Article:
For any team to win a division, advance to the playoffs, etc., that team not only needs to play well, but also needs to hope its division foes don't improve so much they leapfrog to the top of the standings.
Such is the case with the Dallas Cowboys. In wake of the team's 2009 NFC East crown, the Cowboys are spending their offseason planning modest tweaks to the roster, while other teams are engaging in massive overhauls.
All three of the team's NFC East foes are expected to undergo more significant facelifts. As the division's rosters currently are constructed, Dallas is the most talented team overall, but an aggressive owner whose staff puts together a sensible plan for offseason spending can make a significant jump. Rumors abound as to which players might end up with which teams. The following are free agents who the Cowboys (and their fans) should hope do not end up with the New York Giants, Philadelphia Eagles and Washington Redskins.
New York Giants
Biggest needs: Middle linebacker, defensive tackle
Keep them away from: San Diego DT Ian Scott, Miami NT Jason Ferguson; Arizona LB Karlos Dansby, Tampa Bay LB Barrett Ruud
Ferguson, the ex-Cowboy, is better-suited to playing the nose tackle spot in a 3-4 alignment, but both he and Scott are enormous space-eaters who can collapse the pocket, occupy blockers and allow linebackers to run free to make plays. Ferguson, at 36, is seven years older than Scott, and will be more expensive, and there are questions about how much he has left. But if New York can't re-sign free agent DT Fred Robbins, the Giants could do a lot worse than Ferguson and/or Scott, each of whom would be an improvement over 2009 free agent Rocky Bernard.
The Cardinals have no interest in letting Dansby walk, but might have no choice. They declined to designate him as the team's franchise player, and if he gets a mega-bucks offer elsewhere, he's gone. He has been linked to the Giants, Eagles and Redskins, and his decision based more on money than on joining a winner. Ruud is one of the best linebackers in football that most fans have never heard of. In his five NFL seasons, all with the Buccaneers, he has quietly collected 467 tackles. After the Giants declined to bring back Antonio Pierce, they need a physical presence inside. Dansby is a little more athletic, but Ruud is a more physical inside run-stuffer.
Biggest needs: Defensive end, free safety
Keep them away from: Carolina DE Julius Peppers; St. Louis FS Oshiomogho Atogwe, Pittsburgh FS Ryan Clark
Trent Cole is a solid-but-undersized pass-rusher, but it is widely believed the Eagles will make a big push for Peppers. There are questions about Peppers' drive and priorities (many feel he cares only about money and personal statistics), but the fact is that he remains one of the NFL's most dangerous pass rushers. His singular combination of size, speed and wingspan makes him a unique threat coming off the edge — imagine what he could do in the Eagles' blitz-happy defensive schemes.
Atogwe is one of the few bright spots on an otherwise dreadful St. Louis team. In five years with the Rams, he has 317 tackles, and more importantly, 19 interceptions (one of which he returned for a touchdown). Atogwe is a versatile player who can play either safety spot. Clark is a very smart, efficient player who has been overshadowed in Pittsburgh by Troy Polamalu. In eight NFL seasons, Clark has 431 tackles, and signing with the Eagles would mark his third stop in the NFC East (he played in Washington after playing his first two season with the Giants).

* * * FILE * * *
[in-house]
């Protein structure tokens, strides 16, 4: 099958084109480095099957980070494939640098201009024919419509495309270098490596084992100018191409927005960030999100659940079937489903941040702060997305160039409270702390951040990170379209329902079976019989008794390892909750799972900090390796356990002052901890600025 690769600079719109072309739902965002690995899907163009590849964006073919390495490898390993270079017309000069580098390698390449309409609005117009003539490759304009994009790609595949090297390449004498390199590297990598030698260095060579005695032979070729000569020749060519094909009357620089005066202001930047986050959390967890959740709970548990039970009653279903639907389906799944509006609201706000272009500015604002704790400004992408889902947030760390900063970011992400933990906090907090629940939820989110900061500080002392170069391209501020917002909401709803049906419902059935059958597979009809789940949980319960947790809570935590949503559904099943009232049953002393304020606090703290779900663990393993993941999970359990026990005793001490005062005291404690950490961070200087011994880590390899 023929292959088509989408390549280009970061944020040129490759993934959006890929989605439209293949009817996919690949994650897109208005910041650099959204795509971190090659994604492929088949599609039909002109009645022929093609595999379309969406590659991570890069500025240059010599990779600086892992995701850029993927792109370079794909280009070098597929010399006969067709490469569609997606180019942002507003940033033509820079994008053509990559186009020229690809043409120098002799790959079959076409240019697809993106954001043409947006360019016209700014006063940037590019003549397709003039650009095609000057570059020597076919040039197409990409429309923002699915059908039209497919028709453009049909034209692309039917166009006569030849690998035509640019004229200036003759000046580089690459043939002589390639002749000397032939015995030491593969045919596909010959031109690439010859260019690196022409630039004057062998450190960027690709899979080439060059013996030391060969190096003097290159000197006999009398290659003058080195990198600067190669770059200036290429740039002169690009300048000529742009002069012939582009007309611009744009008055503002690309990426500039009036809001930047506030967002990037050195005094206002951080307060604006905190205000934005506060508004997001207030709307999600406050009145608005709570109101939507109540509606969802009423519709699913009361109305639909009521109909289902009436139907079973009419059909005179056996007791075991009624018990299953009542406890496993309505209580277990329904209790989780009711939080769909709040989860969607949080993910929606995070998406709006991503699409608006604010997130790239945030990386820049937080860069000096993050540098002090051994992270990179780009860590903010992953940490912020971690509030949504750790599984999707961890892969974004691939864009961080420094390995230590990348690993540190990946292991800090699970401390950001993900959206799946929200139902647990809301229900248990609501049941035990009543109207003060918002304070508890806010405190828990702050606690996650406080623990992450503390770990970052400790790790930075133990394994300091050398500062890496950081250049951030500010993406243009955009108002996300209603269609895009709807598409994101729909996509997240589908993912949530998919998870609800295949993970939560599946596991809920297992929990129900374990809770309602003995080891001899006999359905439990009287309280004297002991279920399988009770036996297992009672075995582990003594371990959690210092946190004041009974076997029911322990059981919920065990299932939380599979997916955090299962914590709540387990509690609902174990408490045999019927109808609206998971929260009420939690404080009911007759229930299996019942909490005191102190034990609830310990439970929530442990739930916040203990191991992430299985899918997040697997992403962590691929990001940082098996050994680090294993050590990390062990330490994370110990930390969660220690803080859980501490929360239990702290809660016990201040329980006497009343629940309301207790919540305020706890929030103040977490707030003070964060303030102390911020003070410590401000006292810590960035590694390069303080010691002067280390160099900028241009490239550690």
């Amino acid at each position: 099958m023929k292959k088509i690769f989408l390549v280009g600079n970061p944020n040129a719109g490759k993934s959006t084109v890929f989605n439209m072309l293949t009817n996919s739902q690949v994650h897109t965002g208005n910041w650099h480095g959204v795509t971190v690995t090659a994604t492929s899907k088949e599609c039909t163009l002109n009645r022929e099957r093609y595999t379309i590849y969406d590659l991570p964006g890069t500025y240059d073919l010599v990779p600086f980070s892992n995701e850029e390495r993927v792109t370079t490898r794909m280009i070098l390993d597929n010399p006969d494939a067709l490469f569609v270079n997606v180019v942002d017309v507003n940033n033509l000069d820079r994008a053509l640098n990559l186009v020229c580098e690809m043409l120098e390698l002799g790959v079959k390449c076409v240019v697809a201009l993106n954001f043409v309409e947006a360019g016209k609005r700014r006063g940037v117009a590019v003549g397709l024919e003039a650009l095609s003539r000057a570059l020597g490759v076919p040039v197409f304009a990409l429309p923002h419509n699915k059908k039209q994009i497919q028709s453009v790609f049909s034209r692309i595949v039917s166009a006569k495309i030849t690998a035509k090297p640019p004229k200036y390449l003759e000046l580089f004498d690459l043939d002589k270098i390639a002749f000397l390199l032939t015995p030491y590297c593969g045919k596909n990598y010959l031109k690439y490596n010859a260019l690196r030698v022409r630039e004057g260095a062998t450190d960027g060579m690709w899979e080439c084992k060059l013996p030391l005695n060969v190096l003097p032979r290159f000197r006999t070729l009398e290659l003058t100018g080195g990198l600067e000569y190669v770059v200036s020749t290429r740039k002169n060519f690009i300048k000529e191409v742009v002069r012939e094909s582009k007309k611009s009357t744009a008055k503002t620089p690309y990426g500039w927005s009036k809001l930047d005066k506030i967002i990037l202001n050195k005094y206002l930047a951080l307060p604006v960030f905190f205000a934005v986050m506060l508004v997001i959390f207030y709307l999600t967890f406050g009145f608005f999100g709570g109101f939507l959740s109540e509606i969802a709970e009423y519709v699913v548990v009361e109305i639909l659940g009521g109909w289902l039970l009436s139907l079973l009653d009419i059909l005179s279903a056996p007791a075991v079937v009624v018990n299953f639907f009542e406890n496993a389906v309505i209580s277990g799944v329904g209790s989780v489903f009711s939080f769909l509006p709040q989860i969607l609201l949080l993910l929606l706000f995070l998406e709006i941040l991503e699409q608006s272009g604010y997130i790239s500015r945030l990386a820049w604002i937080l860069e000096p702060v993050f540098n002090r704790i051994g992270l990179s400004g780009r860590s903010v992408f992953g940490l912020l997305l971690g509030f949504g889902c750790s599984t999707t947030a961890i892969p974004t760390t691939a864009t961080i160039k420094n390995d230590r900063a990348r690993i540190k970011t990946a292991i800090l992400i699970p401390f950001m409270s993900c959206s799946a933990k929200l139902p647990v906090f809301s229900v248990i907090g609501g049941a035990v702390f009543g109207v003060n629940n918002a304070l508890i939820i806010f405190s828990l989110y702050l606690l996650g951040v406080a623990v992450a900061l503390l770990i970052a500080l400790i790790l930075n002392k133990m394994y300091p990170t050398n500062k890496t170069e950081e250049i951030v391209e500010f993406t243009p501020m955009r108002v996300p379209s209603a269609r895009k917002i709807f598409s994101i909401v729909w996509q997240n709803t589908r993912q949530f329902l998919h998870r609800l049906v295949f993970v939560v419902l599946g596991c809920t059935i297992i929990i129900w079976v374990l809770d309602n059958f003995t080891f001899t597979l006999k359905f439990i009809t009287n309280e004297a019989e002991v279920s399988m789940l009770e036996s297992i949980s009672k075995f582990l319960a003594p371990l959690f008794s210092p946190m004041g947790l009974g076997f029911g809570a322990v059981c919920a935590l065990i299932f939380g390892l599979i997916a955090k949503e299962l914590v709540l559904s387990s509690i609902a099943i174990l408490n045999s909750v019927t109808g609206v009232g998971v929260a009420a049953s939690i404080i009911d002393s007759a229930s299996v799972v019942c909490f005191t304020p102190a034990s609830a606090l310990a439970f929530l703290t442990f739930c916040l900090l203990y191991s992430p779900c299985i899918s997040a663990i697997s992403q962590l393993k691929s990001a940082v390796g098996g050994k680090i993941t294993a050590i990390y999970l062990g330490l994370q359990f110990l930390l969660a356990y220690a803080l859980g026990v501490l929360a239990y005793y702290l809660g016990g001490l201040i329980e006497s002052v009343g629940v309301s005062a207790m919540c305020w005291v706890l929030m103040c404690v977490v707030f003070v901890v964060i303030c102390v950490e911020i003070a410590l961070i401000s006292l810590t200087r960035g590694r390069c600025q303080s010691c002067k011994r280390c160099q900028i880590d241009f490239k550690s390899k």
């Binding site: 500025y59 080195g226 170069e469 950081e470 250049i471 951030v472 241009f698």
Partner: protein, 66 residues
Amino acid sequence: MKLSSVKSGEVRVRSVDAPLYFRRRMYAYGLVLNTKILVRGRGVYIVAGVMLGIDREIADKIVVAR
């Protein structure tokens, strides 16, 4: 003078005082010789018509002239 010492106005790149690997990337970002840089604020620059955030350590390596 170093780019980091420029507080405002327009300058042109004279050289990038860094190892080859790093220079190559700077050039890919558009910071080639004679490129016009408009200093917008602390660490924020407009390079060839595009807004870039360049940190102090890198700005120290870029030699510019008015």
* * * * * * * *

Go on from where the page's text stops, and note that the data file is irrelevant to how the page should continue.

Biggest needs: Offensive tackle, offensive guard
Keep them away from: Green Bay OT Chad Clifton, San Francisco OT Tony Pashos; New England OG Logan Mankins, Philadelphia OG Max Jean-Gilles
Critics keep saying the Redskins need a new quarterback, but when given time to throw, Jason Campbell has a strong, accurate arm and has shown the ability to make plays. He had the best statistical of his career in 2009, despite the fact that he spent most of the season running for his life.
Offensive tackle might be the thinnest position in free agency this year. Clifton is solid but far from overpowering, and at 33 is older than any player in whom a rebuilding team should invest major money. Pashos isn't as polished a blocker, but at 29, the 6-6, 326-pounder has more years ahead of him. Pashos also is stronger and a little more mobile, which would make him a better fit in Mike Shanahan's blocking scheme.
At just 27, Makins is considered one of the league's stars at his position, but chances are the Patriots won't let him out of New England. If he is allowed to walk, he would be a perfect fit on just about any line — he's smart, strong, mobile and durable, and excels in run blocking and in pass protection.
Jean-Gilles is surprisingly quick for a player of his massive (6-3, 358) size, but has been inconsistent and injury-prone; he played in 25 games over the last two years, after playing in just four games in his first two seasons.
Playing keep-away in the NFC East
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